Last Updated on by Mitch Rezman
Victoria K. has an avian lighting question,
hi there, I purchased this hanging full spectrum light for my Eclectus a while ago and can’t seem to find the setup instructions (and don’t see them on your website).
Would it be possible for you to provide it to me?
Green Bean is in his cage 12-14 hours/day and is otherwise on a playstand most days unless I am away from home.
Is it ok for this light to be on for a full 12 hours (I am not often gone that long but just want to make sure because I think one of your articles mentions that retina damage can occur with more than 4-5 hours of UVA/UVB lighting in certain circumstances)?
I’m also looking for lighting while he is on his 6’x6′ PVC playstand that is about 3′-4′ high.
My apartment is pretty dark, and he is very afraid of shadows (and I know he really needs proper avian lighting anyway).
Would you recommend I just buy the Featherbrite bulbs and use them in a torch lamp (I have one that takes 2 bulbs)?
Or would you recommend the light you sell that clamps or the Sunlite standing lamp?
Don’t make this so hard on yourself. I just responded to another customer (see question below) who was also confused. This is what I wrote to her. The birdcage light should be on a timer and it should be on 12 hours and off 12 hours. ALL YEAR-ROUND.
We do 7:30 am to 7:30 am here at this time of year, during DST it is then 8:30 to 8:30.
If your bird spends much of its day away from the cage on a play stand, then you should have a light set up on a timer there too, 12 hours on and 12 hours off.
Don’t be concerned about the time the bird spends on you or your family members.
(For a female) Don’t let her wander off into darkened areas, corners, No huts, or bedding materials.
This should be all you need to do to keep her from becoming broody.
You can go that route or use a single strong daylight bulb like this one.
If you have two sockets in your lamp (the new Featherbrite lamps have two) then you can use one bulb, or two bulbs, especially nice if the cage is large).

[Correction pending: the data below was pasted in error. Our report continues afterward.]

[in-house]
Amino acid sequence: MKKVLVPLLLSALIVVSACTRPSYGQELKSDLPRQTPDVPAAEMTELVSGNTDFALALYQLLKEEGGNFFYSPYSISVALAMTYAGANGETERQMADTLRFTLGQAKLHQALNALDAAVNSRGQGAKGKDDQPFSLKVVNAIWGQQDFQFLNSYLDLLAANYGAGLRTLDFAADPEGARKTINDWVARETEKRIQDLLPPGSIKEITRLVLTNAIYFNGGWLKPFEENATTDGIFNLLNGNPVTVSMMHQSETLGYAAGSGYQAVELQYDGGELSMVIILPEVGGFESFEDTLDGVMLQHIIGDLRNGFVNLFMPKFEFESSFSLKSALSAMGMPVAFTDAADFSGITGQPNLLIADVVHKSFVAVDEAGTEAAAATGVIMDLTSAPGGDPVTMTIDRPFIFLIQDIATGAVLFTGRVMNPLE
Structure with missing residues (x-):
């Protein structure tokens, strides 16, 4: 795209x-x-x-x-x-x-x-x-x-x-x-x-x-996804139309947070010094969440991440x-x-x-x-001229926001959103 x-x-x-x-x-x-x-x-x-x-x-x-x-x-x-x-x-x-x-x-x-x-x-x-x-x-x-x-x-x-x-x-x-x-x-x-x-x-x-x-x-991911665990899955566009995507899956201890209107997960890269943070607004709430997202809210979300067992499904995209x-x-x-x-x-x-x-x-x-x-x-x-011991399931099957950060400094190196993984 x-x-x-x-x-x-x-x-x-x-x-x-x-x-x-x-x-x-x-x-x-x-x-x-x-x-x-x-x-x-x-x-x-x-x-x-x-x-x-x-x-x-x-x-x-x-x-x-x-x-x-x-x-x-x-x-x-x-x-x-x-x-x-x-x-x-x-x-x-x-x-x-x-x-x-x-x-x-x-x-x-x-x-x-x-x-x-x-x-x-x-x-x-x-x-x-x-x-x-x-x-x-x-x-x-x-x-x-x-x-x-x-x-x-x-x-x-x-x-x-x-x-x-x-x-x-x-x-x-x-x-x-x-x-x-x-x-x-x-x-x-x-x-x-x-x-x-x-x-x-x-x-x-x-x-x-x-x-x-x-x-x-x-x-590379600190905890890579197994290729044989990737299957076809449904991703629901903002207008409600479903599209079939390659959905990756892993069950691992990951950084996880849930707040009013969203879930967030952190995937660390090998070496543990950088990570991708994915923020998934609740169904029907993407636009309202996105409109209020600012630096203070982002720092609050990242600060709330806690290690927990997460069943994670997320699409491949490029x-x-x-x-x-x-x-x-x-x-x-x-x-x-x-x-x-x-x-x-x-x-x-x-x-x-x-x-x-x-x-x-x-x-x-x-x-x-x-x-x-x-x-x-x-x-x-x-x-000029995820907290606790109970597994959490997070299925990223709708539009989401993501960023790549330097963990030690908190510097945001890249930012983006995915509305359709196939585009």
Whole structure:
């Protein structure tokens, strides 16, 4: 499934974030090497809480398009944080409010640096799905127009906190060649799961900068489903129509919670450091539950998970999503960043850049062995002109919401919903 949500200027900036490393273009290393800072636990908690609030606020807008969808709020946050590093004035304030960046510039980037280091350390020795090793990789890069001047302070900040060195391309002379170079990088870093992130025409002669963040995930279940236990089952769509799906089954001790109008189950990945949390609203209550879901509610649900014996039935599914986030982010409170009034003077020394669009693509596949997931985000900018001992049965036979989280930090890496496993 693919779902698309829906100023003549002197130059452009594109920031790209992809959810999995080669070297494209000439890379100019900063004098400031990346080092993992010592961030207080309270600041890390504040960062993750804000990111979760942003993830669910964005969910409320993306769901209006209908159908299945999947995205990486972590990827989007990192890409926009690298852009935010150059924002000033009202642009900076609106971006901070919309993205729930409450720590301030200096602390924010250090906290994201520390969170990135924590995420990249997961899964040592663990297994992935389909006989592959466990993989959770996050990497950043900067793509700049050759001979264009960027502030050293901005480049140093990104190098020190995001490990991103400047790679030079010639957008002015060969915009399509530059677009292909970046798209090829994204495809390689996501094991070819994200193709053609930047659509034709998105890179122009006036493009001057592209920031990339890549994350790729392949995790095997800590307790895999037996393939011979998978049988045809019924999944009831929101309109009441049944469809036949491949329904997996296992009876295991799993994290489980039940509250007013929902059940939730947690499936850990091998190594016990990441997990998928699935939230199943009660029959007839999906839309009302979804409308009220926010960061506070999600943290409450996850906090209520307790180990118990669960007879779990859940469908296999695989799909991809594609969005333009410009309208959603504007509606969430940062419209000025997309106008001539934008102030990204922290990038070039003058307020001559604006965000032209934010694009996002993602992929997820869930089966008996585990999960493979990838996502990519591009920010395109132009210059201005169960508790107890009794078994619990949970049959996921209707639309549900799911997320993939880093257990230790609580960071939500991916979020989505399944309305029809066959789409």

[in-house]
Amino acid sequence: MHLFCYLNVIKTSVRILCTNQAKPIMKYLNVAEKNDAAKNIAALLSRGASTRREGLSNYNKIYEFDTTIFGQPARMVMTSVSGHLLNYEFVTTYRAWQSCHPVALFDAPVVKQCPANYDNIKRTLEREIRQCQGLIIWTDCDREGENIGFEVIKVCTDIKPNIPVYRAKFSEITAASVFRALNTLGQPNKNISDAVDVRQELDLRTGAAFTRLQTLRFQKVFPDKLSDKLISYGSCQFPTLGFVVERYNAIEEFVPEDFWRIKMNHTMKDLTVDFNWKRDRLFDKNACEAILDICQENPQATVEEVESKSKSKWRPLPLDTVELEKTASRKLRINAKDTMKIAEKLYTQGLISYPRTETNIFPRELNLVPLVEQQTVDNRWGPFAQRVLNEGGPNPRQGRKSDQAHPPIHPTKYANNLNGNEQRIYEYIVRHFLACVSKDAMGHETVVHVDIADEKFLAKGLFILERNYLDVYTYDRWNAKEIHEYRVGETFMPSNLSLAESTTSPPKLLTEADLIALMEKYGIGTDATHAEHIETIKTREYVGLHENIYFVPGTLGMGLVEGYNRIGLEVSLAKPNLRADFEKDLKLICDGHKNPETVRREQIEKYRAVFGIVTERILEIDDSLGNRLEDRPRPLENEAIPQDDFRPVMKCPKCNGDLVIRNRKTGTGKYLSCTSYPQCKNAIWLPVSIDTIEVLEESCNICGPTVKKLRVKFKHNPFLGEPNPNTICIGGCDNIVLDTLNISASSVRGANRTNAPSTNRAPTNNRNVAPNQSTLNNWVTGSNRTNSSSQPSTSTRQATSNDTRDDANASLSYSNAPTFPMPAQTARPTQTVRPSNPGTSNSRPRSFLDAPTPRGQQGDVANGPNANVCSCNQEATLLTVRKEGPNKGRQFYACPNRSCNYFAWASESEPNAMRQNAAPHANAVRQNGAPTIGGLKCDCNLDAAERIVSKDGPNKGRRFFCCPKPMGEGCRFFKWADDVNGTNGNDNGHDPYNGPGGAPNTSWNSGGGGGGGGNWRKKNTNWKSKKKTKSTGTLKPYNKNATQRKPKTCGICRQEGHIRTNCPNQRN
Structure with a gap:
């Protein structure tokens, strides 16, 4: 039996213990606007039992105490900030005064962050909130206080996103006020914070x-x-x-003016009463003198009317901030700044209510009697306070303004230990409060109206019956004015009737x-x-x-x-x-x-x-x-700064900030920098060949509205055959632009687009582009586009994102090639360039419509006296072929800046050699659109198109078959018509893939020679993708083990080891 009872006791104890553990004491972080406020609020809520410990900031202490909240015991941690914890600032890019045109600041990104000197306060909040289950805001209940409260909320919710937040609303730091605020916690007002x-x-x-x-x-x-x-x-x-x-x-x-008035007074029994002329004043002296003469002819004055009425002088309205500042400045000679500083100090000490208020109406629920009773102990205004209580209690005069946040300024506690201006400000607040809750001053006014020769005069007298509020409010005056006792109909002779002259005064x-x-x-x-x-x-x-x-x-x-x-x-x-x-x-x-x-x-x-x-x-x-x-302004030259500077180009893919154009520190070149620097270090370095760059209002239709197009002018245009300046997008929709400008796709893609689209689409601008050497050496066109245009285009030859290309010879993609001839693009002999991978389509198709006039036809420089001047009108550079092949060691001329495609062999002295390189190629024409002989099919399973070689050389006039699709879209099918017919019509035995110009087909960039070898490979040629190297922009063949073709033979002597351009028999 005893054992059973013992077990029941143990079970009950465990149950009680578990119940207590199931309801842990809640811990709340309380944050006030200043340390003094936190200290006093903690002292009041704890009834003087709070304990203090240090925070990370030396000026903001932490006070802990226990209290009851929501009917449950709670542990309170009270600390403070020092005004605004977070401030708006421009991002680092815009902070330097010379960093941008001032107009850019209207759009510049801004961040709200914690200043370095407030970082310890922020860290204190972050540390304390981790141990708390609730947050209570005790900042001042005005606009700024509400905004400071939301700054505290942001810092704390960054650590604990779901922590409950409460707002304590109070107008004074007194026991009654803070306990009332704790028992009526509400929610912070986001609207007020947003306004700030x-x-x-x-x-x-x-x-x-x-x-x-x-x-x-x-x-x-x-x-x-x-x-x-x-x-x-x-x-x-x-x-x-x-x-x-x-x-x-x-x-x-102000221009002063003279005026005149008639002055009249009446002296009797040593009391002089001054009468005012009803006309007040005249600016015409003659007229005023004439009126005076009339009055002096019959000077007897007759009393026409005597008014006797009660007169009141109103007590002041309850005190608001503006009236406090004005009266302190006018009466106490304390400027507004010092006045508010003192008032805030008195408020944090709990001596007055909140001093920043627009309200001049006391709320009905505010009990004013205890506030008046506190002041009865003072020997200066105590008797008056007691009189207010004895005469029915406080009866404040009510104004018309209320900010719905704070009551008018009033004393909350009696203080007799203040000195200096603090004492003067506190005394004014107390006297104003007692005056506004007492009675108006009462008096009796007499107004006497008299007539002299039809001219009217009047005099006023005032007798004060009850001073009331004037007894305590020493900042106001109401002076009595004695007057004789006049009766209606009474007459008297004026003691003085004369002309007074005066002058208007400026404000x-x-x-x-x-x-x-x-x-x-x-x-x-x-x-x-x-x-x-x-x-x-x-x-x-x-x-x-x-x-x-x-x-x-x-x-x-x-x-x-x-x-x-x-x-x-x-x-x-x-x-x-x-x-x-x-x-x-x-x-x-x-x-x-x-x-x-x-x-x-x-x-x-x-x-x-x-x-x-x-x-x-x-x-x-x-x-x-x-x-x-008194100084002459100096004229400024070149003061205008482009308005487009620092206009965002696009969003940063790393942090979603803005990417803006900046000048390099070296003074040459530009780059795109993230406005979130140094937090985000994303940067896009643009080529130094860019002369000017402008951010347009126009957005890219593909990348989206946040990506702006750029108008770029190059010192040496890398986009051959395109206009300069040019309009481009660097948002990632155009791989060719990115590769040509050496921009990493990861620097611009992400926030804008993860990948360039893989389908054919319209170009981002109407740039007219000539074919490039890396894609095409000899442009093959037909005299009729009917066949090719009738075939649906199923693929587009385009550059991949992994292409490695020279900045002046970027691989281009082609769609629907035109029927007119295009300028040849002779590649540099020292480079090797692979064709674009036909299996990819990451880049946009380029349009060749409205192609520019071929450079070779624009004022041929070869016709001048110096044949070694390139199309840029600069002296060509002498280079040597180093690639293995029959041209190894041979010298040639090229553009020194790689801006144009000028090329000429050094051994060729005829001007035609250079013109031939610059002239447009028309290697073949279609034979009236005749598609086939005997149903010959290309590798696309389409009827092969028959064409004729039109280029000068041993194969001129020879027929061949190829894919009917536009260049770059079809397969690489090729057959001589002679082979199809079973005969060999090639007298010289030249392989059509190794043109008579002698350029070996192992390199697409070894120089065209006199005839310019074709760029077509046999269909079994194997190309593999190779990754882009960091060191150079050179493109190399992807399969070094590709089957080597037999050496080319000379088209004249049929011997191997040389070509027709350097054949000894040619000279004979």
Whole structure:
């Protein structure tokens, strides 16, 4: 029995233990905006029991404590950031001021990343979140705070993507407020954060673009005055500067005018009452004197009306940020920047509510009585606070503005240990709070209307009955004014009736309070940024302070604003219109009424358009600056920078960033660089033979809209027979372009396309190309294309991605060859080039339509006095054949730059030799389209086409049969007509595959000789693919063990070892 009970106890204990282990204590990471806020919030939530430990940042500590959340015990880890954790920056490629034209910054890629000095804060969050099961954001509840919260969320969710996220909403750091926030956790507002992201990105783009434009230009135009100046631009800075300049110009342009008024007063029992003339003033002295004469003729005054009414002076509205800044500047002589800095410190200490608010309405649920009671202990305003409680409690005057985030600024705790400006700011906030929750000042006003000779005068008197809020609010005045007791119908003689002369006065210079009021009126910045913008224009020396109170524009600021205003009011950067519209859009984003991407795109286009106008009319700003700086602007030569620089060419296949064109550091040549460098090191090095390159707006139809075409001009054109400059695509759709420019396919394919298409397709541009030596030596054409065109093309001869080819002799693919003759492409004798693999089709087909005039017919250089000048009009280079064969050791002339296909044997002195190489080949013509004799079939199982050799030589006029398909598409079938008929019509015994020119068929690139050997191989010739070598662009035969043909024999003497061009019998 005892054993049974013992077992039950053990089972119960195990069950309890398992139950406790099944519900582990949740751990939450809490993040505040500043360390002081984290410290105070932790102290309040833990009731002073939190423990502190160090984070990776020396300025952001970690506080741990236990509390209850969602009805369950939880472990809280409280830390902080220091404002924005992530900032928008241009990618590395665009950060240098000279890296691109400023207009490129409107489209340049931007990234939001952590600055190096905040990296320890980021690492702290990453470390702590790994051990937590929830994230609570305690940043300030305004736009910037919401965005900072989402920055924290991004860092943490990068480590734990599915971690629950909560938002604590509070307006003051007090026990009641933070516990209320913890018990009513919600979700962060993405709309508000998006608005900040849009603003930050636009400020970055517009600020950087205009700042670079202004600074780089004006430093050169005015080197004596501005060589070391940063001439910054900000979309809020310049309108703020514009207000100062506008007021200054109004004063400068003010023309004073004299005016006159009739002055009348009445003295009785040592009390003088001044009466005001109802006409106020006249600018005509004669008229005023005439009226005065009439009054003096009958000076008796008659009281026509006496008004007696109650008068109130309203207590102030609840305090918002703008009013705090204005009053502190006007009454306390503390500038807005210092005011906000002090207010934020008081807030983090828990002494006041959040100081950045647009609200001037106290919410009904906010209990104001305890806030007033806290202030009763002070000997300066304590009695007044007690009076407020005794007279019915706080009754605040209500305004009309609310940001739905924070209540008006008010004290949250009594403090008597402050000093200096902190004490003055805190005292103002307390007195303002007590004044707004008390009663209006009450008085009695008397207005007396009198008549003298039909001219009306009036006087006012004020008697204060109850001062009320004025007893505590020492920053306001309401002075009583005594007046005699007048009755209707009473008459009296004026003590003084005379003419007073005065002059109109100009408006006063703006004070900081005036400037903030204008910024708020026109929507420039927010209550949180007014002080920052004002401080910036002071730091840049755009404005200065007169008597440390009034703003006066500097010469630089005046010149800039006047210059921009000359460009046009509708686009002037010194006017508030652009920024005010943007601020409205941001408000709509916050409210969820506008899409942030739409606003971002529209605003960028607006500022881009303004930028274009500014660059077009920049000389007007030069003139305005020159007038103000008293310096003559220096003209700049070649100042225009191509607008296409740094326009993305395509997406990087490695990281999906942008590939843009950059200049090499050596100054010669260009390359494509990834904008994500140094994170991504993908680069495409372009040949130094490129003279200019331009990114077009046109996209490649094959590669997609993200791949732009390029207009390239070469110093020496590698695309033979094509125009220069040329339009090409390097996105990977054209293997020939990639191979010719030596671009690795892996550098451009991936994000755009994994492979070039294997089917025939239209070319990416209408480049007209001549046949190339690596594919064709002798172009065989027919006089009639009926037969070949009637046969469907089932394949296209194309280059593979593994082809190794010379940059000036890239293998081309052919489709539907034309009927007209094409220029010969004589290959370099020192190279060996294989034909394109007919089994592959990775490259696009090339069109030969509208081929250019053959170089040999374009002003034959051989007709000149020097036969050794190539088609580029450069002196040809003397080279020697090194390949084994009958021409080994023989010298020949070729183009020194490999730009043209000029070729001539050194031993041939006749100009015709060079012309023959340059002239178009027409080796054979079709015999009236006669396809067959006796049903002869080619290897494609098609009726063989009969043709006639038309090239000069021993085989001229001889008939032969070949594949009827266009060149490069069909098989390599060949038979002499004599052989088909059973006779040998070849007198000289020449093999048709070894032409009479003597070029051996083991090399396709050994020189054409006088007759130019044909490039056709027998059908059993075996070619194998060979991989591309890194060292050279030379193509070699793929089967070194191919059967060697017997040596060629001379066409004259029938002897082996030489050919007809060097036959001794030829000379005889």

Don’t worry about retinal damage, that was a study in which finches were subjected to higher intensity light to see if it would indeed help with vitamin production (light doesn’t do that for birds) and all it did was give the birds cataracts.
Thus proving that the high-end full spectrum bulbs were not needed and instead the bright daylight was sufficient.
All lights should be overhead, aiming downward like the sun.
The lamp you decide on depends on your home layout, budget, etc.
Thanks, that is super helpful. So yeah he is on the playstand for about 10 hours/day. I can get him the standing floor lamp. His whole playstand area is about 6’x5’.
Should I buy 2 standing lights for it or one? Also my apartment is so dim that he really is freaked by the shadows on the walls, and I’m not sure whether light right over his cage is going to resolve that. If you have any thoughts about that please let me know.
I do have indoor lighting but there are a lot of outdoor buildings nearby that create shade.
And I’ll just set the cage timer for 2 hours and the playstand timer for 10 hours.
Thanks so much,
I have noticed that in our own home. That the birds prefer to hang out in their brightly lit cages and their play areas that are in lit up areas. If they cannot see as well into the darkened areas of the room, they are less likely to want to go there. The side of the sofa I sit at is not very bright and if I sit down with one of the birds, they usually leave and fly back to their brightly lit cage.
And I find if I have a bird on my shoulder and walk into a darkened room and don’t turn on the light, the bird will fly off my shoulder to go back toward the lighted area.
I have heard customers say that their birds were a bit put off by the bright lights when first placed over their cages and or play areas. but in a short period, they find out they like it better.
They enjoy playing there more in the light and are more active.
You may be fine with just one light by the playstand. Although he will likely gravitate over to the area that is more lit up.
If you have play top cage, be sure to remove the tray from the top so the light shines through the bars on top.
The small amount of poop that might drop through is not usually a problem.
Sherry L. asks,
hi, bought a light from you a while ago. It goes above my parrots’ cage in winter. I live in Maine, the days are quite short, as you know, and yes, I know they will soon begin to grow again, one or two or three minutes per week.
Here’s the question. I know I do this wrong in one way or another, each winter. If my bird needs 6 hours underneath this light in her cage, and the daylight is around 8 hours or less per day, how do I manage both? How do I manage to give her ‘one on one’ special attention, whatever you want to call this- and still give her 6 hours of that light? If I extend her day length, that will trigger egg laying, which I don’t want. At the least, she will go broody.
How do I manage enough light (placed on the cage) and interacting time with me and my family? Tomorrow, I will turn her light on at 7a.m. and will be ready to bring her out at around 10 a.m. That’s 3 hours. Around 1, I will give her another hour of light. Another hour at 4, another hour. Then, somehow, will squeeze in another hour in her cage for the 6th hour……An awful lot of time in a cage! That doesn’t even count towards nighttime sleep…..I mean, I have a life, a schedule, etc. Winters are always difficult in this way, enough light and enough time out of the cage…